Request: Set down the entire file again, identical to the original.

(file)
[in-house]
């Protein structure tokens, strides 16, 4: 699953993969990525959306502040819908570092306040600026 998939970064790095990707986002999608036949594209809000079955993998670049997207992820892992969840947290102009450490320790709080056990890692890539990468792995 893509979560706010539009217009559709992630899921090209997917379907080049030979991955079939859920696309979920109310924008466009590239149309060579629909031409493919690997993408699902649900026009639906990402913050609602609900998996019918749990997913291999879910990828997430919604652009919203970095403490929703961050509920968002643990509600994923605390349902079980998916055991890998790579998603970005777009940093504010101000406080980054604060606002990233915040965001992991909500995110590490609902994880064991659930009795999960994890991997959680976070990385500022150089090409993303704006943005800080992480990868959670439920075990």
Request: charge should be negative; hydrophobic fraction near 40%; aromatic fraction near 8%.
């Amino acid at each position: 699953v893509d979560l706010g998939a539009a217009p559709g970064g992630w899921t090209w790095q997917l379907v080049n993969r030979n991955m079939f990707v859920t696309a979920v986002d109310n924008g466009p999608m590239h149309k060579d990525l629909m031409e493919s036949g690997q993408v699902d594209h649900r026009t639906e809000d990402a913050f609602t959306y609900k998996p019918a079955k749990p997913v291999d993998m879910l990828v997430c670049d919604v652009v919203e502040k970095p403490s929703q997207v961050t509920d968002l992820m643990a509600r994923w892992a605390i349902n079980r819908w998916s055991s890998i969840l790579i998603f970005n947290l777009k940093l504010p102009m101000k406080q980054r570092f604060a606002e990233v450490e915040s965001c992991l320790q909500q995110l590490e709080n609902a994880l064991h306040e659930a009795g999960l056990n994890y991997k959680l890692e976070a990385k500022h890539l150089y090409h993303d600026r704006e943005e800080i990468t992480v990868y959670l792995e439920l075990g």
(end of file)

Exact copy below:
[in-house]
């Protein structure tokens, strides 16, 4: 699953993969990525959306502040819908570092306040600026 998939970064790095990707986002999608036949594209809000079955993998670049997207992820892992969840947290102009450490320790709080056990890692890539990468792995 893509979560706010539009217009559709992630899921090209997917379907080049030979991955079939859920696309979920109310924008466009590239149309060579629909031409493919690997993408699902649900026009639906990402913050609602609900998996019918749990997913291999879910990828997430919604652009919203970095403490929703961050509920968002643990509600994923605390349902079980998916055991890998790579998603970005777009940093504010101000406080980054604060606002990233915040965001992991909500995110590490609902994880064991659930009795999960994890991997959680976070990385500022150089090409993303704006943005800080992480990868959670439920075990």
Request: charge should be negative; hydrophobic fraction near 40%; aromatic fraction near 8%.
């Amino acid at each position: 699953v893509d979560l706010g998939a539009a217009p559709g970064g992630w899921t090209w790095q997917l379907v080049n993969r030979n991955m079939f990707v859920t696309a979920v986002d109310n924008g466009p999608m590239h149309k060579d990525l629909m031409e493919s036949g690997q993408v699902d594209h649900r026009t639906e809000d990402a913050f609602t959306y609900k998996p019918a079955k749990p997913v291999d993998m879910l990828v997430c670049d919604v652009v919203e502040k970095p403490s929703q997207v961050t509920d968002l992820m643990a509600r994923w892992a605390i349902n079980r819908w998916s055991s890998i969840l790579i998603f970005n947290l777009k940093l504010p102009m101000k406080q980054r570092f604060a606002e990233v450490e915040s965001c992991l320790q909500q995110l590490e709080n609902a994880l064991h306040e659930a009795g999960l056990n994890y991997k959680l890692e976070a990385k500022h890539l150089y090409h993303d600026r704006e943005e800080i990468t992480v990868y959670l792995e439920l075990g």